Schoolchildren will often misbehave. That misbehaviour invariably impedes or undermines education. Levels and types of misbehaviour are more significant in schools that serve disadvantaged communities. When you are at the frontline trying to deliver a decent education, there are very few sanctions you can call upon to squash the misbehaviour. Most of the time you rely upon your wit and the force of your personality.
As Head of English in the last Sheffield secondary school where I worked, I was responsible for managing the department's detention system. This had to comply with whole school policy on detentions. When I look back, it all seemed so bizarre and a monument to cock-eyed modern notions of fairness. Ultimately, the people who were punished most were not the juvenile miscreants but teachers like myself who'd been given the poisoned corporate chalice by a headteacher and deputies who tried to wash their hands of it all while they got on with their "strategic planning" like generals in a faraway bunker.
It worked like this. Pupil A - who we will call Bob - is persistently late for English lessons. Miss Brodie has warned Bob that if he doesn't improve his punctuality he will be placed on detention. Bob continues to arrive late, bursting into lessons after Miss Brodie has settled the class and explained the day's work.
Miss Brodie writes out a self-duplicating pupil referral slip. One copy goes in English department files, another is sent to the Head of Year and another is sent to central school records. She ticks the box that indicates a detention will be given. Then she goes to the English office where she takes a standardised detention letter from the drawer. She fills it in and then goes to the reprographic room to have the letter copied. This will be done by the end of the school day when she will have to return to pick up the letter and its copy. (Teachers aren't allowed to use a photocopier themselves).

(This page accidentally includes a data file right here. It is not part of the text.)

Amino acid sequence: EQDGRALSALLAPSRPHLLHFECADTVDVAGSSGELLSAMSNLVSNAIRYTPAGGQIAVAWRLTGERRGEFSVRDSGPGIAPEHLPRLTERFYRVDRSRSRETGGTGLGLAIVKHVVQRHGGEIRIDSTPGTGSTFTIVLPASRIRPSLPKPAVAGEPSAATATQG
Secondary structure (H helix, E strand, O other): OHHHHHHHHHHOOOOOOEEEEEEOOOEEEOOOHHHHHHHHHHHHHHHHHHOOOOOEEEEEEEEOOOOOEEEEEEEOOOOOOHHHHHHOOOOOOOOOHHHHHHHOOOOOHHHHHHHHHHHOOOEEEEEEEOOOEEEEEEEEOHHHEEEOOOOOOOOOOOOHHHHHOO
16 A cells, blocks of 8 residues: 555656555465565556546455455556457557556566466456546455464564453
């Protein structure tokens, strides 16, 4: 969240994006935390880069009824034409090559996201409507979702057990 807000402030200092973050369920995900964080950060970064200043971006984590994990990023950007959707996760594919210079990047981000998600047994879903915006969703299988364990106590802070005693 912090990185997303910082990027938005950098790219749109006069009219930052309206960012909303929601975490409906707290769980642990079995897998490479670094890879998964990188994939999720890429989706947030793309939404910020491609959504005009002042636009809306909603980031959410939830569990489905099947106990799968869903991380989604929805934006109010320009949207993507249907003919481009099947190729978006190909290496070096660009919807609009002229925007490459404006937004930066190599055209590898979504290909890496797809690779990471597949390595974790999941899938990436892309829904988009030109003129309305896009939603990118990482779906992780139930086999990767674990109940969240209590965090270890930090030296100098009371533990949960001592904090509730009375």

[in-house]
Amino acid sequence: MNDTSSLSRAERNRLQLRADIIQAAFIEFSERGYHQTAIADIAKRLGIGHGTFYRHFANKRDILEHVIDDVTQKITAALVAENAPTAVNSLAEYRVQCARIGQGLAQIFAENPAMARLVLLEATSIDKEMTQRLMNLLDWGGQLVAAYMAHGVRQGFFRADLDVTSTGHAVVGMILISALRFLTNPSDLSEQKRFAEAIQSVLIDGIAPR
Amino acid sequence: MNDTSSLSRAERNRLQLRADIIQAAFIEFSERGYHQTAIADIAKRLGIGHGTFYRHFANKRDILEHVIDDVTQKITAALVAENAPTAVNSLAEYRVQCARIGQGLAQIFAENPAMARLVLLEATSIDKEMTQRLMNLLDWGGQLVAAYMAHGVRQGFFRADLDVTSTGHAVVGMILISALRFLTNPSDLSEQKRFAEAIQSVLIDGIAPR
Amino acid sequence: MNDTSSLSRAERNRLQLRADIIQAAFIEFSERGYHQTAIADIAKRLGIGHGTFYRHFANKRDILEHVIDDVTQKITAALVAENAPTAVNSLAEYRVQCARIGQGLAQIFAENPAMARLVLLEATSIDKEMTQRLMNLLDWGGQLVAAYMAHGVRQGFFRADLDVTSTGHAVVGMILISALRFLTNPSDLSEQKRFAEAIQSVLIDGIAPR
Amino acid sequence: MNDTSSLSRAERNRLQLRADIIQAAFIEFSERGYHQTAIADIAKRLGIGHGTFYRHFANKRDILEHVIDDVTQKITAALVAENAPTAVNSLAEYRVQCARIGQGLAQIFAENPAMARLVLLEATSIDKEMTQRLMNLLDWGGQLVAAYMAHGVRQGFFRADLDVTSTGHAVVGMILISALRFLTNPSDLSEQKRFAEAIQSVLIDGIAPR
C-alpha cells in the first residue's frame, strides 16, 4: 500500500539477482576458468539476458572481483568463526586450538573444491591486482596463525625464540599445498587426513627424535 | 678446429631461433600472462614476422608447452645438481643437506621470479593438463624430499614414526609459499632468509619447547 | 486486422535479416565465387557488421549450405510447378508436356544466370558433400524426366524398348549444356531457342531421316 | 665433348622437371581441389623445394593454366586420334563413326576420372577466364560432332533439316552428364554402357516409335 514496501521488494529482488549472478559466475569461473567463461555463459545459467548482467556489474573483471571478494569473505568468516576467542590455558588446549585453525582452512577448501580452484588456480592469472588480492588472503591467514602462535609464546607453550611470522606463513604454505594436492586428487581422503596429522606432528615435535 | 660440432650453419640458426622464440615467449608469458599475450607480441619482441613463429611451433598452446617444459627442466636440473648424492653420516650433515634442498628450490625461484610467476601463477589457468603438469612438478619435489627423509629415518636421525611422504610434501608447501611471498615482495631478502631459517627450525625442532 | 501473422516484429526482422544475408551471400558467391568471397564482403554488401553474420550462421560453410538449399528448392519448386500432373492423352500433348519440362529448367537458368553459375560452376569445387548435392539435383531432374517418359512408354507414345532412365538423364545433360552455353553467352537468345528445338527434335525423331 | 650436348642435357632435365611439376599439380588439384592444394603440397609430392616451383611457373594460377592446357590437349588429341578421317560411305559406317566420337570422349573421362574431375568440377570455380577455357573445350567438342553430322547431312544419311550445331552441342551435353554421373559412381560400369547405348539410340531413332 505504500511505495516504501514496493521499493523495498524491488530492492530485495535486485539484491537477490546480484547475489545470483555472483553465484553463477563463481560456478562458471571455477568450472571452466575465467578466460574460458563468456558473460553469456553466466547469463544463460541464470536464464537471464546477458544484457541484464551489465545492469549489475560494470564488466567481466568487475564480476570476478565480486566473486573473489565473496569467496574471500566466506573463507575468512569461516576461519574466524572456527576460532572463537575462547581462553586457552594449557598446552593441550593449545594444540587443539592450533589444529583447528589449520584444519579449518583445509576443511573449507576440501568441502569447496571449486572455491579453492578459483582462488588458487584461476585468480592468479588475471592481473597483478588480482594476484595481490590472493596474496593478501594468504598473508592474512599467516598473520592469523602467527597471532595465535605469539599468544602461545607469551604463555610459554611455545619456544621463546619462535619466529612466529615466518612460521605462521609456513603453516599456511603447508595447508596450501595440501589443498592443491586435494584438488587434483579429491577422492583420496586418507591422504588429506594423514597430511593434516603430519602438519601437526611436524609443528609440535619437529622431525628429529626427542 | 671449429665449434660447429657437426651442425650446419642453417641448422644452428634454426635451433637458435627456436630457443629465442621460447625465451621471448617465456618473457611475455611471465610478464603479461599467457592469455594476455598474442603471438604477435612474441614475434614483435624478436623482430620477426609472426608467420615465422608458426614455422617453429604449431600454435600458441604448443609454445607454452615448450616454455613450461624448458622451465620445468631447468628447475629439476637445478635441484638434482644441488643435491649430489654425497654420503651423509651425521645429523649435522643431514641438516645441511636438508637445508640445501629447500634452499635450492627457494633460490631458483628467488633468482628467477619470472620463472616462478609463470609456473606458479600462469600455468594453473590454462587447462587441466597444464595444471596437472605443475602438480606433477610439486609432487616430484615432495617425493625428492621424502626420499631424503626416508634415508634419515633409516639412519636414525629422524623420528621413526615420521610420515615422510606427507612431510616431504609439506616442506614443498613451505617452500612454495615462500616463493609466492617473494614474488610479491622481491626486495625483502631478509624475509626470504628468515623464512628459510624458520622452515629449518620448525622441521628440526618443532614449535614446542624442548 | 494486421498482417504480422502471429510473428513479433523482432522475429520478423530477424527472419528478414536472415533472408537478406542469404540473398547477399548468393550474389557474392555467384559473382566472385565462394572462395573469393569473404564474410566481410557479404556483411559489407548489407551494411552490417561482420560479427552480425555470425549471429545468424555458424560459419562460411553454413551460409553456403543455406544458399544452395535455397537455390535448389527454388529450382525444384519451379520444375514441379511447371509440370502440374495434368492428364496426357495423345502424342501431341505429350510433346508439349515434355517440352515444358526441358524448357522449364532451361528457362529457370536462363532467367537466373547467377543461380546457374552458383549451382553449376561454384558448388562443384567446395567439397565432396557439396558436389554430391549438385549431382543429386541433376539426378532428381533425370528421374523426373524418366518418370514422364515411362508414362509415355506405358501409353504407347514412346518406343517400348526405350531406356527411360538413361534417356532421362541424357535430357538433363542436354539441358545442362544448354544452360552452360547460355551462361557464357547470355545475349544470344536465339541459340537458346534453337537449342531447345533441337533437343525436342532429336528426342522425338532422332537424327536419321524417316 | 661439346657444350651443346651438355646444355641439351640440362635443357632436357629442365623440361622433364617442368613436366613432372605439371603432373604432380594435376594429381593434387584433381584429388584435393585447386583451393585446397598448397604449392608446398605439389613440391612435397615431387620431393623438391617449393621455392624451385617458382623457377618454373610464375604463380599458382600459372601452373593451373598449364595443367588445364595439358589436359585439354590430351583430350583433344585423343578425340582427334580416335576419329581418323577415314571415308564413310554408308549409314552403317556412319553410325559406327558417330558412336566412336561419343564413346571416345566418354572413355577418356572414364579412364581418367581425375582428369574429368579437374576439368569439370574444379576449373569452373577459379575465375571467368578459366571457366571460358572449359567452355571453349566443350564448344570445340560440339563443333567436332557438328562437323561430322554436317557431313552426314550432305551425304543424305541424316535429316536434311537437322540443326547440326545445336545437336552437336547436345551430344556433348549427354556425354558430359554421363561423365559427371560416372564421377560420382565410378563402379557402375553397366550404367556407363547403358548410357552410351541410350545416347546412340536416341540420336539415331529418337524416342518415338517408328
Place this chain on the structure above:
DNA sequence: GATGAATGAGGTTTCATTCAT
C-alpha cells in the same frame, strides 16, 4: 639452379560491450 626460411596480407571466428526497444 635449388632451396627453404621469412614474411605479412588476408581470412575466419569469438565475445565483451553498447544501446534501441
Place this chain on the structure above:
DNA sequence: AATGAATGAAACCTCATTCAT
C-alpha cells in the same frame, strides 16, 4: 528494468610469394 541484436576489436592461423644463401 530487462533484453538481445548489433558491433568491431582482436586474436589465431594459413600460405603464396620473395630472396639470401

She finds Bob's home address in the computer system and writes it on an envelope, directing the photocopy to school files as the original now in its envelope is sent down to the main office for posting. Then Miss Brodie remembers to write details of Bob's detention notification in the English department detention book.
Thursday is English detention day. We are not allowed to clash with other departments' detention times. On the allotted day for Bob's detention, I pick up the detention book and the referral files and head for my classroom which is where the detentions happen after school - but must not last longer than half an hour according to school policy. Mr Booth supervises the detentions with me. We are a double act.
Pupils B and C have arrived as requested. They had been fighting in the corridor outside Miss Riley's room. Pupil D refuses to do homework and she has also arrived. Pupil E who scrawled graffiti in permanent pen all over one of Miss Twigg's windows is characteristically away from school on the day of the detention and must be re-processed. Pupils F & G have arrived at the third time of asking for swearing at a member of staff some four weeks ago and they can hardly remember the incident. Pupil A - our Bob - was in school but failed to turn up so he must also be re-processed and put on detention next week. Miss Brodie will have to go through the rigmarole again and in the meantime Bob will no doubt continue to be late for lessons.
If a pupil fails to turn up for his/her English detention twice in a row, only then may we refer the child to Mr Weasel the deputy headteacher for a senior teachers' detention. Mr Weasel often sighs and looks skywards when the names of detention refusers are finally presented to him - as if to say - I thought we'd made a detention net that would avoid any of the miscreants arriving at my door. Given the system, it is often six weeks before the identified child is passed to Mr Weasel and in the meantime other wrongdoing will have probably happened.
It was all a maze - like something out of Franz Kafka. It seemed to be designed on behalf of the children - not the hard-pressed staff who coped with misbehaviour like firefighters day after day. When I first started teaching, it used to be that you could say to a naughty child - right, you're on detention after school today. No letters, no phone calls, no reply slips, no hoops to go through. It happened there and then. And when the child got home late, its parents would ask why and when they heard about the detention their instinct would be to back up the school and say to the child, "Well don't do that again then!"
There's more I could say about the details of that crazy detention system but I hope that this description has at least given you a sense of how stupid and frustrating it all was. Of course, in the school in Bangkok, Thailand where I recently worked for a total of a year, I didn't need to put a single pupil on detention. There was no need to. They were happy to comply with reasonable authority and play by the rules. Funny that.